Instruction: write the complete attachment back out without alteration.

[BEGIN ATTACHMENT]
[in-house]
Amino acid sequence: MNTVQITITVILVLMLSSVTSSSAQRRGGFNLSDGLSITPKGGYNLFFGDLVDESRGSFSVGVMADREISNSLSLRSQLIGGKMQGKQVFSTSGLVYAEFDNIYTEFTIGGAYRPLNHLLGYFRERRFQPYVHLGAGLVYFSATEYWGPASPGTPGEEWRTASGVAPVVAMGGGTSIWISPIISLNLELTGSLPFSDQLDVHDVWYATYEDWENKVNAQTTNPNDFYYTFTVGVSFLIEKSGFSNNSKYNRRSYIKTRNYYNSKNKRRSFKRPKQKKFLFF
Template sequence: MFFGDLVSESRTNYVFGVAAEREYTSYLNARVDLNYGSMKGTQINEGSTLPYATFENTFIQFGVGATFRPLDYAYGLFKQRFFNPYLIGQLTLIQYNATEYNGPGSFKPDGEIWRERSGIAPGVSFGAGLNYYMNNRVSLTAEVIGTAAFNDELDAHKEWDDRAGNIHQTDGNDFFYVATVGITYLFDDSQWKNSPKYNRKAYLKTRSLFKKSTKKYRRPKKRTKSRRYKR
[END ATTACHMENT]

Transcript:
[in-house]
Amino acid sequence: MNTVQITITVILVLMLSSVTSSSAQRRGGFNLSDGLSITPKGGYNLFFGDLVDESRGSFSVGVMADREISNSLSLRSQLIGGKMQGKQVFSTSGLVYAEFDNIYTEFTIGGAYRPLNHLLGYFRERRFQPYVHLGAGLVYFSATEYWGPASPGTPGEEWRTASGVAPVVAMGGGTSIWISPIISLNLELTGSLPFSDQLDVHDVWYATYEDWENKVNAQTTNPNDFYYTFTVGVSFLIEKSGFSNNSKYNRRSYIKTRNYYNSKNKRRSFKRPKQKKFLFF
Template sequence: MFFGDLVSESRTNYVFGVAAEREYTSYLNARVDLNYGSMKGTQINEGSTLPYATFENTFIQFGVGATFRPLDYAYGLFKQRFFNPYLIGQLTLIQYNATEYNGPGSFKPDGEIWRERSGIAPGVSFGAGLNYYMNNRVSLTAEVIGTAAFNDELDAHKEWDDRAGNIHQTDGNDFFYVATVGITYLFDDSQWKNSPKYNRKAYLKTRSLFKKSTKKYRRPKKRTKSRRYKR